Category: Gaming

Some games stand out for having a quirky, standout graphics style. Some stand out for smooth, natural feeling gameplay. Some stand out because you can zoom around a room on a bar of soap, kickflipping and grinding your way over obstacles. Tinykin is a game that manages to encapsulate all of these.

Tinykin, from developer Splashteam and published by Tinybuild is a puzzle-platformer that puts you in the role of Milo, an astronaut from the future who re-discovers Earth. However, when he is beamed down from his spaceship, he finds the house stuck in the 1990’s, and he is now only an inch tall. And to top this off, no humans are to be seen, but the house is inhabited by a civilisation of a variety of sentient insects.

The graphics are immediately gripping, with a unique blend of fully 3D environments, with 2D cartoon character models. While not like anything I usually gravitate towards, I found them charming and kept my interest throughout.

The alpha demo that we played gave us a short tutorial to get the hang of transversal, then introduced us to the titular characters, the Tinykin. The Tinykin are minion-like creatures with different abilities. The full release is planning on five varieties, but we got to use two in this demo.

The pink Tinykin are useful for moving objects, either by commanding enough of them to lift something heavy, or by throwing them at a coffee mug, for example, until it is no longer blocking your way to another area of the level. The red Tinykin are explosives that will destroy objects around the level to unlock shortcuts, or to get collectables. Solving puzzles with these guys is very reminiscent of Nintendo’s Pikmin, but I found this more instinctive on how to use them.

Exploring the levels is made quite enjoyable with the inclusion of a “soapboard”. This is literally a bar of soap Milo uses like a skateboard to cross terrain quickly. Jumping while riding makes you able to jump over or onto objects, and while it has no impact on gameplay, the little kickflip Milo does is super adorable. All hard edges are also grindable. While I did not find anywhere this was necessary to reach a part of the level, this may be different in the final game and would make for some interesting platforming.

The length of the demo was quite generous, taking me 2-2.5 hours to complete. While this was for just one room of the house complete with sidequests, the final release looks to have five additional rooms, so you should be able to get a decent amount of playtime from this game.

Overall, I am looking forward to getting more time into this when the full game is released later this year.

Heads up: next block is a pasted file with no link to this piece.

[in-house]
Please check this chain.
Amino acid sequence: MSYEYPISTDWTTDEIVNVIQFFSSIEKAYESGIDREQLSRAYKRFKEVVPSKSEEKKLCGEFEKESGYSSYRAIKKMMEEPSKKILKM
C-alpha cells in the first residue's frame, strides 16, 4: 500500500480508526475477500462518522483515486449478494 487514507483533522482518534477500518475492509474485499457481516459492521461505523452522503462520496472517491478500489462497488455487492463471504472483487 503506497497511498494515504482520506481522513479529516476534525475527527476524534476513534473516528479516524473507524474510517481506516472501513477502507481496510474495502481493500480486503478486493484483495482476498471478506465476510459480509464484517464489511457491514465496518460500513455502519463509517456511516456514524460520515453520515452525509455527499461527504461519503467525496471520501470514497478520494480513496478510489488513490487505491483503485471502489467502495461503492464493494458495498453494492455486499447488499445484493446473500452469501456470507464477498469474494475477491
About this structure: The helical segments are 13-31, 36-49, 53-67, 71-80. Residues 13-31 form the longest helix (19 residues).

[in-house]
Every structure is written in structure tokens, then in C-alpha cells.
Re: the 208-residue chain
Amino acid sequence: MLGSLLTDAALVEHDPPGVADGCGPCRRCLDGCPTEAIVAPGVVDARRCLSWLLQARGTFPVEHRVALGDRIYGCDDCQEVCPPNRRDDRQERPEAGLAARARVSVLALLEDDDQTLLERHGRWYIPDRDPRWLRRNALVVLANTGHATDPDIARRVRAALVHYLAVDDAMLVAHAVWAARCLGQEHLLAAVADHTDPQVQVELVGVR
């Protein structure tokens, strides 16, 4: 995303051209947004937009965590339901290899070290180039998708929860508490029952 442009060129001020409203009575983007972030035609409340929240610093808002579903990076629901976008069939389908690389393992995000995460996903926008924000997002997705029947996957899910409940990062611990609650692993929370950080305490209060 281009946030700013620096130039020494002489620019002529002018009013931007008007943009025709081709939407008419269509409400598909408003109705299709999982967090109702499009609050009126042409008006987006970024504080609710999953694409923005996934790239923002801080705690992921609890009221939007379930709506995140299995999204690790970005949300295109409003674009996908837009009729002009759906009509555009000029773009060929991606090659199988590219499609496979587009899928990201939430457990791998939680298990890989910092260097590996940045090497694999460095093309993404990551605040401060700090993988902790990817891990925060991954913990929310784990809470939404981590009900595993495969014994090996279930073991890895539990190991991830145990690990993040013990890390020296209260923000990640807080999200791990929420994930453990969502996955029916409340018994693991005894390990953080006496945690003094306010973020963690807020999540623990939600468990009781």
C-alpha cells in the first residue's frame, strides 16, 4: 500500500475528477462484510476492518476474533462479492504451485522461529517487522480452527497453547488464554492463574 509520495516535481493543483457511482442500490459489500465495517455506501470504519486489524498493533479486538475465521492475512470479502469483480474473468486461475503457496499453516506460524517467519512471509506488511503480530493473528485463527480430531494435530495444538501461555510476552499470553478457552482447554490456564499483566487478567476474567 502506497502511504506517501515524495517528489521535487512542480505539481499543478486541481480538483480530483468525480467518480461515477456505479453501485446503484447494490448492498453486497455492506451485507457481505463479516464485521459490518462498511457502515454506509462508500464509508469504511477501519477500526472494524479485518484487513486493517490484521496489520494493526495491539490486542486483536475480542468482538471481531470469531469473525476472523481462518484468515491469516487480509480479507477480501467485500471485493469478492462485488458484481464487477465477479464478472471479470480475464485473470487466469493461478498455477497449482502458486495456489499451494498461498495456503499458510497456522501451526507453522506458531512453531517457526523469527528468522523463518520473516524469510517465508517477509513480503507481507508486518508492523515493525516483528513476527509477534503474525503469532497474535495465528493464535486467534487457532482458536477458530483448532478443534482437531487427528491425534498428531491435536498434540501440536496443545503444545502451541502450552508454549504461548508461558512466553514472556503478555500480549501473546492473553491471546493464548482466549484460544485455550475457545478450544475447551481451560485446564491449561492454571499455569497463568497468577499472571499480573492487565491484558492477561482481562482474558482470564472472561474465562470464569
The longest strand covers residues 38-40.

Are you familiar with the Postal series? I’ll admit, I had a passing knowledge of the series, that included knowing of its over-the-top violence, rampages and niche humour. I was keen to give this one a try, knowing I had friends who raved about Postal 2 back when it came out.

So, when I booted Postal 4: No Regerts up for the first time, I was keenly interested in seeing what it actually felt like to play. Through the intro cinematic, the game set the scene quite nicely, and was a good litmus test to whether I would fit in the target audience for this game. Unfortunately, I don’t think I did.

Postal 4: No Regerts title screen

Postal 4 has returned to the first person shooter style that it moved away from in the previous instalment. The gameplay was…adequate. Nothing glaringly bad, but also nothing that seemed unique or pushed any boundaries of the genre.

Gunplay was quite smooth, and the variety of weapons ensured it didn’t feel super repetitive, the way some games shoehorn you into using just one or two guns for the duration of the playthrough.

However, I did feel the controls for using items was pulled from the code of something from the early 2000’s. The old style previous/next item buttons to scroll through your inventory, and one button to use the selected item. This was fine at the start, but within a half hour of playing I had enough items it seemed like a chore to do.

The also story left a lot to be desired. The player character “Postal Guy” has his car and caravan stolen and loses everything, then must find work to get back on his feet. This story is peppered with some attempts at humour that never hit the mark with me. Going through town seeing some already dated references like a parody of Joe Exotic, or playing off Donald Trump’s misogynistic quote about grabbing women in an attempt for a cheap laugh fell flat. This may be amusing for fans of “Stoner Comedy” movies, but I don’t see a wide audience enjoying it.